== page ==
Meanwhile, the US Justice Department on Tuesday indicted two Chinese hackers for allegedly attempting to steal coronavirus vaccine research. US officials said they took action to protect American intellectual property and privacy.

Tensions between the two nations have flared in recent months over the coronavirus pandemic, Hong Kong’s diminishing autonomy and China’s treatment of its Muslim minority. Earlier this month, Washington imposed sanctions against Chinese officials over the detention of ethnic Muslim Uighurs and a new security law imposed on Hong Kong.

Analysts told Reuters that the recent flare-ups could mark the beginning of a new “cold war.”


A Loophole, Closed

Britain and the United States agreed on Wednesday to end the “anomaly” that allowed the wife of a US official suspected of causing the death of a young British man to claim diplomatic immunity, Sky News reported.

Anne Sacoolas allegedly killed 19-year-old Harry Dunn in a car crash outside a Royal Air Force base in Northamptonshire last year. Sacoolas is currently in the US. The US has rejected a request for her extradition.

The new rule strips the diplomatic immunity previously given to relatives of US diplomatic staff at the base, Politico reported.

The decision comes a day after US Secretary of State Mike Pompeo met with Prime Minister Boris Johnson and Foreign Secretary Dominic Raab. Raab said the new rules will ensure that such tragedies are prevented in the future.

Dunn’s mother, Charlotte Charles, welcomed the rule change as a “huge step forward,” but added that she will continue to campaign to have Sacoolas brought back to the UK.


Many Votes, Few Voters

The ruling Baath party and its allies won a majority of seats in Sunday’s parliamentary elections, a vote denounced by the opposition as pure theatrics, Al Jazeera reported Wednesday.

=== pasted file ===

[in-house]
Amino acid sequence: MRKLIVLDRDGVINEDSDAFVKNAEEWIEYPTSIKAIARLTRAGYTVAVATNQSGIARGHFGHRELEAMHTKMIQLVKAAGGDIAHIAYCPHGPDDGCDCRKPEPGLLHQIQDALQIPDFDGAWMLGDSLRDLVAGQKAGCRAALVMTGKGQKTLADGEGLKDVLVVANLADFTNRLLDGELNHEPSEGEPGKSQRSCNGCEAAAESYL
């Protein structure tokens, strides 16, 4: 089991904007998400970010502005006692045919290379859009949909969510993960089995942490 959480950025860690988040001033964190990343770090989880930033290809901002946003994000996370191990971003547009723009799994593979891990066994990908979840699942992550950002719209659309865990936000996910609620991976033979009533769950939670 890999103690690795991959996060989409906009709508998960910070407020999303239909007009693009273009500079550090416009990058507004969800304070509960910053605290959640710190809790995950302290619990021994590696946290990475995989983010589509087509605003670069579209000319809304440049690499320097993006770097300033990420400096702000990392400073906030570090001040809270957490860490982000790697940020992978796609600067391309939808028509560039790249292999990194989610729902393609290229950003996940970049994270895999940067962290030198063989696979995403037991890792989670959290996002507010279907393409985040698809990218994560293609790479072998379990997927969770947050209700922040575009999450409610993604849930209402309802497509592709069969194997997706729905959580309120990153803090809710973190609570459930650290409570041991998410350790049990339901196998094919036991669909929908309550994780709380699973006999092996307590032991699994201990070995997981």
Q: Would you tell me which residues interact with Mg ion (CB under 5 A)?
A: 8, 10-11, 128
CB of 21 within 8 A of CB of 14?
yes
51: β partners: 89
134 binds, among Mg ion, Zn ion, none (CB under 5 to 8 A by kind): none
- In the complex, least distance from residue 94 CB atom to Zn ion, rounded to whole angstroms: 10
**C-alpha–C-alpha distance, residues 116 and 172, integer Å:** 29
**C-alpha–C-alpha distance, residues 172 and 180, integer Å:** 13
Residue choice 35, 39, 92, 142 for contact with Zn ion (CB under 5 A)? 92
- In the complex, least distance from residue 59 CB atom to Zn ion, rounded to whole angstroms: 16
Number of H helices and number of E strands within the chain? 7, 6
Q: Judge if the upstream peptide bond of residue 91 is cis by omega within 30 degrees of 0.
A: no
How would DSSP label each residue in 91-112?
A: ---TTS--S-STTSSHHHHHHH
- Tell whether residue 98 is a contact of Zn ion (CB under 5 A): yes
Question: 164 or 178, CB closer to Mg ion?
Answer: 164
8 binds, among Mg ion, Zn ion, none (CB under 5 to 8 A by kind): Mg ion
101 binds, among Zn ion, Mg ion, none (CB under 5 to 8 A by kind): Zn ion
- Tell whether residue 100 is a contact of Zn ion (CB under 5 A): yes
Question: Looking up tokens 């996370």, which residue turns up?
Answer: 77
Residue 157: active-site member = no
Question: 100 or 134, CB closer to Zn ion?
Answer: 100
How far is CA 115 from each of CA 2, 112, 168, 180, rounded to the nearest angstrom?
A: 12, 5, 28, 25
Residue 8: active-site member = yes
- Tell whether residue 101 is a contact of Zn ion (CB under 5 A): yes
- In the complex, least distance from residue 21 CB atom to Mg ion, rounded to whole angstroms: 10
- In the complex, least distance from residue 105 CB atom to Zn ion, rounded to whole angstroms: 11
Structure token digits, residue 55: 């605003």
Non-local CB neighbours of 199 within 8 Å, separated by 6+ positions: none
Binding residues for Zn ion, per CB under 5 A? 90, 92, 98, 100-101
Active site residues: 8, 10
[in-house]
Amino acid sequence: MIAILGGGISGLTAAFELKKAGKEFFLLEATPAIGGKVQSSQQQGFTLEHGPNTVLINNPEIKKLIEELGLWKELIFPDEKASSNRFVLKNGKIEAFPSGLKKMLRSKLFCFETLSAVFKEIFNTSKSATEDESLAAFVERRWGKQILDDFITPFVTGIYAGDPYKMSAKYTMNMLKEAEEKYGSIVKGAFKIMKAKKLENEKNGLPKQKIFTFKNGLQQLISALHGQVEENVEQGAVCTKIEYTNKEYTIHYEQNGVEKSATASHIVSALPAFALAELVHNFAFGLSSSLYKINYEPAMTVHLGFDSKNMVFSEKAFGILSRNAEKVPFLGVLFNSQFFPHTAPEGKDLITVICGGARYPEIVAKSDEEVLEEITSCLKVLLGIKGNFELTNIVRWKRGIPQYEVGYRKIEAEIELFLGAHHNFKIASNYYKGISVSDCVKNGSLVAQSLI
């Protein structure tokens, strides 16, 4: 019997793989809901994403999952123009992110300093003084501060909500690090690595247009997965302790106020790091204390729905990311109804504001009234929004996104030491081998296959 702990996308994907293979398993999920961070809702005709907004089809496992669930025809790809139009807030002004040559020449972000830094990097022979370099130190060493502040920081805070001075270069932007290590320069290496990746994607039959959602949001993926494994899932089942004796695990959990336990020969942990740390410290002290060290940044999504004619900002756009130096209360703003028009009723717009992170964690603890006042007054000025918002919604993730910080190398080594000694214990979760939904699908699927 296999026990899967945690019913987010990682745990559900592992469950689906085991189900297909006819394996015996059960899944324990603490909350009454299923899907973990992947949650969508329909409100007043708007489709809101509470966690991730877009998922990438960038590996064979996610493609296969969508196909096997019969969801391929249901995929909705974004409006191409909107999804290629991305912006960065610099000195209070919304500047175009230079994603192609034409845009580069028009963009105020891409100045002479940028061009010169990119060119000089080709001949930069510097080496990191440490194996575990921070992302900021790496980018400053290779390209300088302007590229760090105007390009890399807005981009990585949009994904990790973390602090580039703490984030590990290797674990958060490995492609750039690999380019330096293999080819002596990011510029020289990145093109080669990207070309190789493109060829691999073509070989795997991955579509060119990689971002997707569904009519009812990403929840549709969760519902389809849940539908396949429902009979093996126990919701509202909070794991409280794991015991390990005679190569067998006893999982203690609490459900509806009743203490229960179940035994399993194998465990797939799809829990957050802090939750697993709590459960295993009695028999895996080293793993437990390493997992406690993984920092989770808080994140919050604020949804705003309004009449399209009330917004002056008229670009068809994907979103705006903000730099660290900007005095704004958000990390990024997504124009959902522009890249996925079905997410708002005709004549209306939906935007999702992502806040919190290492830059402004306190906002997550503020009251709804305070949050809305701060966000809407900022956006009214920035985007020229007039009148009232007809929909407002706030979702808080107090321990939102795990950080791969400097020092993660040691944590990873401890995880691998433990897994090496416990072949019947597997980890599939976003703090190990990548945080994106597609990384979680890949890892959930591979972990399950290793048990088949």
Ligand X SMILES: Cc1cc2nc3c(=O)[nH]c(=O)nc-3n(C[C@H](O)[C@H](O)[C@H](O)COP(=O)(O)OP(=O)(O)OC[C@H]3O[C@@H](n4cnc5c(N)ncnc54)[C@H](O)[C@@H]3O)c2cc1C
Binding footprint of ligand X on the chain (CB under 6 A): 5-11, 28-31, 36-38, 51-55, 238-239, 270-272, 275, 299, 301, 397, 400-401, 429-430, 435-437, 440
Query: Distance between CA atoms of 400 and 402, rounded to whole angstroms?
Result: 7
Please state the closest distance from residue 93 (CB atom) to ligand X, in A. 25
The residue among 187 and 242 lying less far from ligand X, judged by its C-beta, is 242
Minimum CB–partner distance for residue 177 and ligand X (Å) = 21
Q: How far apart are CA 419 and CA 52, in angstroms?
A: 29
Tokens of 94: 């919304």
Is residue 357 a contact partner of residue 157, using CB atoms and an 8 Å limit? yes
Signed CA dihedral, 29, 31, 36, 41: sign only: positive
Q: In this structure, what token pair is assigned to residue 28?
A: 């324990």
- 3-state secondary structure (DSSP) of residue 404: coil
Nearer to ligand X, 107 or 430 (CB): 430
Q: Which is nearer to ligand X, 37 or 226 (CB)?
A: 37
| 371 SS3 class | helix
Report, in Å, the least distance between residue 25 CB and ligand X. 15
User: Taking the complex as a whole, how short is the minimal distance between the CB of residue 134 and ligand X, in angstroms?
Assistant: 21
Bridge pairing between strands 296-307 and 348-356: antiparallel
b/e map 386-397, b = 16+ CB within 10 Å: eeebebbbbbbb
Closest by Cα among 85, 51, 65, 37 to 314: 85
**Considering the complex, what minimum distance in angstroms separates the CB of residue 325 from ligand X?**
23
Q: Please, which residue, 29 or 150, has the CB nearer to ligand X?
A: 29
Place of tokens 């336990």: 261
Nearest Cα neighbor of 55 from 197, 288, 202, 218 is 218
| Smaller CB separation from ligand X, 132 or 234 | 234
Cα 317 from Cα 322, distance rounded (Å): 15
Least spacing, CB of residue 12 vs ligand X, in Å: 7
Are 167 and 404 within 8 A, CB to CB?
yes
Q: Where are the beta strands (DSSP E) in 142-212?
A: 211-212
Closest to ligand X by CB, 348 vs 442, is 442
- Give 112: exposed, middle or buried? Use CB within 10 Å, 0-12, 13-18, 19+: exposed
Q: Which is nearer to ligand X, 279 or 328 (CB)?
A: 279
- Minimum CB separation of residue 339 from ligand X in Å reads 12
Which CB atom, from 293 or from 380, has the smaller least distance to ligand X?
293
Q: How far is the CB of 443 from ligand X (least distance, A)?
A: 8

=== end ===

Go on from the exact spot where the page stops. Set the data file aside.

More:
The Syrian election commission said that the National Unity list won 177 seats in the 250-seat parliament. It added that turnout was about 33 percent, far lower than the 57 percent recorded during the 2016 elections.

Members of the opposition called the elections illegitimate, saying that Assad’s regime “chose the candidates, even the independent ones, and they elected them.”

The elections were held in territories that are currently controlled by the government. Millions of people displaced by Syria’s nine-year civil war were ineligible to cast ballots.

“The majority of Syrians believe the election is only a process controlled by the regime to represent itself as a legitimate authority in Syria,” Zaki Mehchy, co-founder of the Syrian Centre for Policy Research, told Al Jazeera. “People know that the majority of MPs are nominated by the Baath party and all of them need to have security approval based on loyalty and not qualifications.”

Meanwhile, Syrians continue to suffer during a deep financial crisis caused by a plummeting currency and new US sanctions. The price of food in Syria increased by more than 200 percent last year, the UN’s World Food Program said, warning the country faces an “unprecedented hunger crisis.”


Never Losing Sight…

A new study has found that Hummingbirds use their ability to count to hunt nectar and to memorize the sweetest flowers, Smithsonian Magazine reported.

To figure this out, a team of researchers conducted experiments on male rufous hummingbirds in Canada, which are about three inches long and extremely territorial – making them the perfect candidates for the study.

The team created fake flowers containing a small tube filled with sugar water, and set these up individually in hummingbird territory. The experiment began after the male birds established their territory around different fake flowers.

After initially feeding on the fake flowers, the scientists replaced the single flowers with a line of ten – and only the first flower contained sugar water. They noted that the birds started to recognize that only that first flower contained nourishment, even when researchers moved the line. The birds even found the sugar water when it was moved to the second, third and then the fourth flower.

The hummingbirds were still able to determine the right flower in the line.

“They would never lose their car in the car park,” said co-author Susan Healy.

The findings show that a hummingbird’s ability puts them in a group of fauna than can understand sequences, an elite group that includes rats, guppies and monkeys.

Not already a subscriber?

If you would like to receive DailyChatter directly to your inbox each morning, subscribe below with a free two-week trial.

Subscribe today

Support journalism that’s independent, non-partisan, and fair.

If you are a student or faculty with a valid school email, you can sign up for a FREE student subscription or faculty subscription.

Questions? Write to us at